With only about 4-inches of water over the fish, the hook popped out and I saw the fish jump and splash. I ran as fast as I could and jumped behind the fish. It darted to the left, straight around me and swam back out to sea. “Dammit! I just lost a 30-inch halibut and possibly the biggest one I’ve ever hooked!” If I had a buddy there he might have been able to help me land it. But oh well. I told myself, “she’s still out there for me to catch in the future.”

Swimbait Struggles Continue

On the next cast I felt another small tap with lots of small head shakes but it didn’t stay on. On the next cast once again a small tap, lots of little head shakes but it didn’t stay on. I figured that big one was probably a female and now I was picking up all the little males sitting around her. Five cast later the same thing happened; a small tap with some quick head shakes and then no stick. Geeeeeze!

The sun had set, it was dark. I’d never stayed out this late for halibut, but when the bite is as hot as it was, you can’t just walk away, you keep fishing as long as possible!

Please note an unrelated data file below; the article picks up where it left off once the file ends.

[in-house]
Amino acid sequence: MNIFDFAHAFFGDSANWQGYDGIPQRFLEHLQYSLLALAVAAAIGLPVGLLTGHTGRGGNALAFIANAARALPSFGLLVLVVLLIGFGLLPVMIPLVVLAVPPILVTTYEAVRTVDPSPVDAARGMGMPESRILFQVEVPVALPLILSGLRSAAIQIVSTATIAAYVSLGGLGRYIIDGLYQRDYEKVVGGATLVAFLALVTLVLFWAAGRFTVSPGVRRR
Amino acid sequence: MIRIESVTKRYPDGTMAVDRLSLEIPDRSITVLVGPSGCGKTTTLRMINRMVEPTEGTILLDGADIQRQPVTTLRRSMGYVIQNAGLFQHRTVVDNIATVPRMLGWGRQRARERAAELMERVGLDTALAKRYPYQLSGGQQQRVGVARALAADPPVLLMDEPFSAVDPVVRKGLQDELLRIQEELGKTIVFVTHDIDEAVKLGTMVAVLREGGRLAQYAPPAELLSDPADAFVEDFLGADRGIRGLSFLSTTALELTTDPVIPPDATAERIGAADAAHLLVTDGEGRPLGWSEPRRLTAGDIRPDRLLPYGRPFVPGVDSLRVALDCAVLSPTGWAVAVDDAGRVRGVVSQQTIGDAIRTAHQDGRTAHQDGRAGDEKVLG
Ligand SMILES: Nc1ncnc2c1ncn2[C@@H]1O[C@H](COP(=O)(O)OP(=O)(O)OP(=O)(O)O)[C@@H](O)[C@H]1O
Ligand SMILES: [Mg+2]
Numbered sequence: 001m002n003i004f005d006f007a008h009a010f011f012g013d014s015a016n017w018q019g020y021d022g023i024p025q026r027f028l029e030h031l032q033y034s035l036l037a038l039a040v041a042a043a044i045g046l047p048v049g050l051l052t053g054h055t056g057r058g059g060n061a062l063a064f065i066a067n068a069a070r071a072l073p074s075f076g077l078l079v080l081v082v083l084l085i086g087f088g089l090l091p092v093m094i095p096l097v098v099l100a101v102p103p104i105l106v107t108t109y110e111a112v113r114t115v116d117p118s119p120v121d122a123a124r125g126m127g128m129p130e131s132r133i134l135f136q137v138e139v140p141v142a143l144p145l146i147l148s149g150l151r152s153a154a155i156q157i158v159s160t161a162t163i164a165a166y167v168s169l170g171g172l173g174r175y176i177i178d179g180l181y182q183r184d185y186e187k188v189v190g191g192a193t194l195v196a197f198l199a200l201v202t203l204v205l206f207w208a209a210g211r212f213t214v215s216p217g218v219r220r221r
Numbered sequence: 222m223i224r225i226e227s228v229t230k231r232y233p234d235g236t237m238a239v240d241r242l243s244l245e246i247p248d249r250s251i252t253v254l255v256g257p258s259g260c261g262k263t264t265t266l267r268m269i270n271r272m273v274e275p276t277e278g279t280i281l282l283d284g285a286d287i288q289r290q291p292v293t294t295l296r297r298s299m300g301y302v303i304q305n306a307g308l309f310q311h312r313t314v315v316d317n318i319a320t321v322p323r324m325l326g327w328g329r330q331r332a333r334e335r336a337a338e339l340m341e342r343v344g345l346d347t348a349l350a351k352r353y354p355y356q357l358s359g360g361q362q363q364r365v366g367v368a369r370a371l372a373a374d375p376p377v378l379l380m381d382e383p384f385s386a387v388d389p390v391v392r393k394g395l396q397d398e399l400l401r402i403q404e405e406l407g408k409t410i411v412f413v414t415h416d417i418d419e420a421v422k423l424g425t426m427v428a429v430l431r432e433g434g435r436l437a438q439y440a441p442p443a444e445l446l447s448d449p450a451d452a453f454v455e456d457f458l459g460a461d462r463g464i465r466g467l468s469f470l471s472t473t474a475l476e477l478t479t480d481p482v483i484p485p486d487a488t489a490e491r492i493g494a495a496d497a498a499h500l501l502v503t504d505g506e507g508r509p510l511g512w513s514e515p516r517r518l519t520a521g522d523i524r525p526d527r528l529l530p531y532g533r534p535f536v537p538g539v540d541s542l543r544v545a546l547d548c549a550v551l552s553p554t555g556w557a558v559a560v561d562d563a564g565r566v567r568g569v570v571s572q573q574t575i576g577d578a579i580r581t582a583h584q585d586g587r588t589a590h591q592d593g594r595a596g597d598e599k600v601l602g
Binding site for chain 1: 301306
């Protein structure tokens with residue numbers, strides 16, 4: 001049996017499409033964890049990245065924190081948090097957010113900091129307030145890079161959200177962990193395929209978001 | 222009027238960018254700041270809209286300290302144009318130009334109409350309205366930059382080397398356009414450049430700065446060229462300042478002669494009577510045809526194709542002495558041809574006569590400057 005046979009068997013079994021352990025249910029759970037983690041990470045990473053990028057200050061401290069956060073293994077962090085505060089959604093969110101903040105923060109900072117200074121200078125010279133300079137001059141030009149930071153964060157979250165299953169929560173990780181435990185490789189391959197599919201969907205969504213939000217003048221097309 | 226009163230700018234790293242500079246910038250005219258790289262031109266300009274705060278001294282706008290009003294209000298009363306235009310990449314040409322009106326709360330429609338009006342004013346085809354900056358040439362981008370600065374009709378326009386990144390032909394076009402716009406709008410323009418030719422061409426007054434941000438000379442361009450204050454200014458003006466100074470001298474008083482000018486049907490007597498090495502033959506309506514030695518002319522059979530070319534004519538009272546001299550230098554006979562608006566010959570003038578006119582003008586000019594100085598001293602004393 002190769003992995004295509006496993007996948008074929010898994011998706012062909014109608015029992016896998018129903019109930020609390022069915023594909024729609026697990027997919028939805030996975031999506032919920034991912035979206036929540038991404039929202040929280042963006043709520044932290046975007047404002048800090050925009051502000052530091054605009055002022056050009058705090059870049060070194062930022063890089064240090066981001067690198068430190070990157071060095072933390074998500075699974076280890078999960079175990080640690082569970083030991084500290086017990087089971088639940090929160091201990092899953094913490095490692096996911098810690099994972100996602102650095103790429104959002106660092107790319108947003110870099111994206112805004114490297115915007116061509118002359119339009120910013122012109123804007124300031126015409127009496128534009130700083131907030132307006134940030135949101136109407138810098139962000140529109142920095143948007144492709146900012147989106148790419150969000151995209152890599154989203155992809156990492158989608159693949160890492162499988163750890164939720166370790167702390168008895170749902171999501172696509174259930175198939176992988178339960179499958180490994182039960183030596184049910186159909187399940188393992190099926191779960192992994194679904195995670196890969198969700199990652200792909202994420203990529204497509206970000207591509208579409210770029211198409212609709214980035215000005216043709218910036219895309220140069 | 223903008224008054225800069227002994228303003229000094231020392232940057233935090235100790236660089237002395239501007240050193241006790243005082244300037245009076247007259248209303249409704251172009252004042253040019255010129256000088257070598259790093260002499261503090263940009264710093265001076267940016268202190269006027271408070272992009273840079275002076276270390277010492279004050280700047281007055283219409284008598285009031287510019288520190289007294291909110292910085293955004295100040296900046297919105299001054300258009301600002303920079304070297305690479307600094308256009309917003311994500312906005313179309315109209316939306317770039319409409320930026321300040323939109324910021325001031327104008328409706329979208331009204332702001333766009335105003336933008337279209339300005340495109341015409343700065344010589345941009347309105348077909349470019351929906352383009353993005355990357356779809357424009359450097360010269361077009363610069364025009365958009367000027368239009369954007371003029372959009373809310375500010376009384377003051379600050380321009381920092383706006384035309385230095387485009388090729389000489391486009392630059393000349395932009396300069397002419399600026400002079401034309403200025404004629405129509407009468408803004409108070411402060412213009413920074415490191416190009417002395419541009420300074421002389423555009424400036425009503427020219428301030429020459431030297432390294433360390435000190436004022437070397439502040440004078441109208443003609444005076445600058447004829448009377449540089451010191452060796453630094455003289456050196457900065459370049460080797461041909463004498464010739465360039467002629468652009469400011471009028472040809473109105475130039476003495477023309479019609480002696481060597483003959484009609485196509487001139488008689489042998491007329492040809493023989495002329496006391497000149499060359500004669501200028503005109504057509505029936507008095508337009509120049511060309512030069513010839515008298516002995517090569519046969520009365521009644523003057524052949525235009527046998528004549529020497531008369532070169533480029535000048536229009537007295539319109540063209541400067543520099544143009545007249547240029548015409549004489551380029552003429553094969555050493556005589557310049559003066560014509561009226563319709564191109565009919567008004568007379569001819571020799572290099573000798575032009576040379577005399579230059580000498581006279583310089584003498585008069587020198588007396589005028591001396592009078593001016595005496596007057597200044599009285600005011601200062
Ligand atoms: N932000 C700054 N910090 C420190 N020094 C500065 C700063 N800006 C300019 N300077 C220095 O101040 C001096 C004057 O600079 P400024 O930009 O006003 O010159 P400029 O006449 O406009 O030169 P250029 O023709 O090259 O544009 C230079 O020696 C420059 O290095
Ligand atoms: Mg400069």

I wasn’t that cold, so I just kept fishing through the dark. Usually I get spooked fishing on the beach by myself in the dark but not this time. I was way too focused on my next bite, trying to sense it by feel because I couldn’t see the tip of my rod anymore.

After about 30-minutes of no bites, I decided it was time to call it a day. I cut off my bait, reeled in my line, threw my fish over my shoulder, turned around and looked back at the beach. It was then that I realized it was pitch dark and I had about a mile long walk back to my car. But carrying that big heavy halibut and rockfish over my shoulder made that walk pure joy.

I seriously think if I had fished the Battlestar 115 today, I probably would’ve caught 10 or more fish. I couldn’t tell you how many fish I lost that might have been caught by the tail treble on the Battlestar. I’ll be back out there soon and I’m hoping for more conditions and bites like the ones I had in this session.

A Few Things

Vince is one of the few guys who has hooked into a tanker White Sea Bass from the surf and I’ve been following his videos as I try to get a grip on this different style of fishing. He’s had a few of his crazy sessions captured on video and they’re worth a look. Vince has also been kind enough to offer a discount to the readers of this website on his custom designed Battlestar 115. If you use promo code “SFSC”, you’ll get 2 dollars off your purchase and be on your way to rocking a new lure that’s put up some pretty nice results so far.

If you’re looking for a new rod and reel for surf fishing, check out my guide on some of the best options out there. Thanks for the awesome story from CSF, Vince. Tight lines out there.